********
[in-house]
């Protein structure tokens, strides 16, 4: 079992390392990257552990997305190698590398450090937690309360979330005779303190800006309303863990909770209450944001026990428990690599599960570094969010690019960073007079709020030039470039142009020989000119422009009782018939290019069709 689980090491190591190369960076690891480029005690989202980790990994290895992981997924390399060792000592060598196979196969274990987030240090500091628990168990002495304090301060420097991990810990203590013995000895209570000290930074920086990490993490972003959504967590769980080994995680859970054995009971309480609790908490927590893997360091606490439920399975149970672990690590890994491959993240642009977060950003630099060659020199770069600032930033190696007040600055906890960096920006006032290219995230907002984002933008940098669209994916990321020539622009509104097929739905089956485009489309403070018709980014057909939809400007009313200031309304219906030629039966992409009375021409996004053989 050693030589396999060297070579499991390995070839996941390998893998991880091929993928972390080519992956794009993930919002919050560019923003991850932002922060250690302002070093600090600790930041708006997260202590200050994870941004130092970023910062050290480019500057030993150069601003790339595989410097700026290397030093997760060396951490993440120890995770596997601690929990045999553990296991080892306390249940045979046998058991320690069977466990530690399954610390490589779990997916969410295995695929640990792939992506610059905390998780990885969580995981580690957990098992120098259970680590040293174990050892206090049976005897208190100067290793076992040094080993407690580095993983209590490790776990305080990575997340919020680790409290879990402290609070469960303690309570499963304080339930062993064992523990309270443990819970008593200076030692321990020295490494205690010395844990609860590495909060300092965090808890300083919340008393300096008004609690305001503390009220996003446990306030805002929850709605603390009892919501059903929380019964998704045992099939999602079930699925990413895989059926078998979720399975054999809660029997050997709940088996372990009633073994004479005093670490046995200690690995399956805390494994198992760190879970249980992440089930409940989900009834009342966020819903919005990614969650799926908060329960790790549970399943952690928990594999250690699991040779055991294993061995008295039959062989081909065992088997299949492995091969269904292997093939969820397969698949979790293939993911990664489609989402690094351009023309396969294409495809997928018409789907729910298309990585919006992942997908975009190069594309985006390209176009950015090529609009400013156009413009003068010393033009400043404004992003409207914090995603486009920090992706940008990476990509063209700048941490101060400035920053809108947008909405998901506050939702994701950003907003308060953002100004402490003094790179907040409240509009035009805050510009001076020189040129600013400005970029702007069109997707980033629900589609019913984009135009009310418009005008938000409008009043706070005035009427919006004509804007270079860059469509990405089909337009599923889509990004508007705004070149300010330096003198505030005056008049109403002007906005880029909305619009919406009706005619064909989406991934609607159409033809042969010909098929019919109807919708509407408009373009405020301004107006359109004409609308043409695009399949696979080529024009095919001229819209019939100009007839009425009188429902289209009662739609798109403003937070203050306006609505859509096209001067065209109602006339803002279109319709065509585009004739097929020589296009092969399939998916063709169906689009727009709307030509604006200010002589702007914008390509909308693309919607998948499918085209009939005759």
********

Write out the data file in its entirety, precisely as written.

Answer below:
[in-house]
């Protein structure tokens, strides 16, 4: 079992390392990257552990997305190698590398450090937690309360979330005779303190800006309303863990909770209450944001026990428990690599599960570094969010690019960073007079709020030039470039142009020989000119422009009782018939290019069709 689980090491190591190369960076690891480029005690989202980790990994290895992981997924390399060792000592060598196979196969274990987030240090500091628990168990002495304090301060420097991990810990203590013995000895209570000290930074920086990490993490972003959504967590769980080994995680859970054995009971309480609790908490927590893997360091606490439920399975149970672990690590890994491959993240642009977060950003630099060659020199770069600032930033190696007040600055906890960096920006006032290219995230907002984002933008940098669209994916990321020539622009509104097929739905089956485009489309403070018709980014057909939809400007009313200031309304219906030629039966992409009375021409996004053989 050693030589396999060297070579499991390995070839996941390998893998991880091929993928972390080519992956794009993930919002919050560019923003991850932002922060250690302002070093600090600790930041708006997260202590200050994870941004130092970023910062050290480019500057030993150069601003790339595989410097700026290397030093997760060396951490993440120890995770596997601690929990045999553990296991080892306390249940045979046998058991320690069977466990530690399954610390490589779990997916969410295995695929640990792939992506610059905390998780990885969580995981580690957990098992120098259970680590040293174990050892206090049976005897208190100067290793076992040094080993407690580095993983209590490790776990305080990575997340919020680790409290879990402290609070469960303690309570499963304080339930062993064992523990309270443990819970008593200076030692321990020295490494205690010395844990609860590495909060300092965090808890300083919340008393300096008004609690305001503390009220996003446990306030805002929850709605603390009892919501059903929380019964998704045992099939999602079930699925990413895989059926078998979720399975054999809660029997050997709940088996372990009633073994004479005093670490046995200690690995399956805390494994198992760190879970249980992440089930409940989900009834009342966020819903919005990614969650799926908060329960790790549970399943952690928990594999250690699991040779055991294993061995008295039959062989081909065992088997299949492995091969269904292997093939969820397969698949979790293939993911990664489609989402690094351009023309396969294409495809997928018409789907729910298309990585919006992942997908975009190069594309985006390209176009950015090529609009400013156009413009003068010393033009400043404004992003409207914090995603486009920090992706940008990476990509063209700048941490101060400035920053809108947008909405998901506050939702994701950003907003308060953002100004402490003094790179907040409240509009035009805050510009001076020189040129600013400005970029702007069109997707980033629900589609019913984009135009009310418009005008938000409008009043706070005035009427919006004509804007270079860059469509990405089909337009599923889509990004508007705004070149300010330096003198505030005056008049109403002007906005880029909305619009919406009706005619064909989406991934609607159409033809042969010909098929019919109807919708509407408009373009405020301004107006359109004409609308043409695009399949696979080529024009095919001229819209019939100009007839009425009188429902289209009662739609798109403003937070203050306006609505859509096209001067065209109602006339803002279109319709065509585009004739097929020589296009092969399939998916063709169906689009727009709307030509604006200010002589702007914008390509909308693309919607998948499918085209009939005759």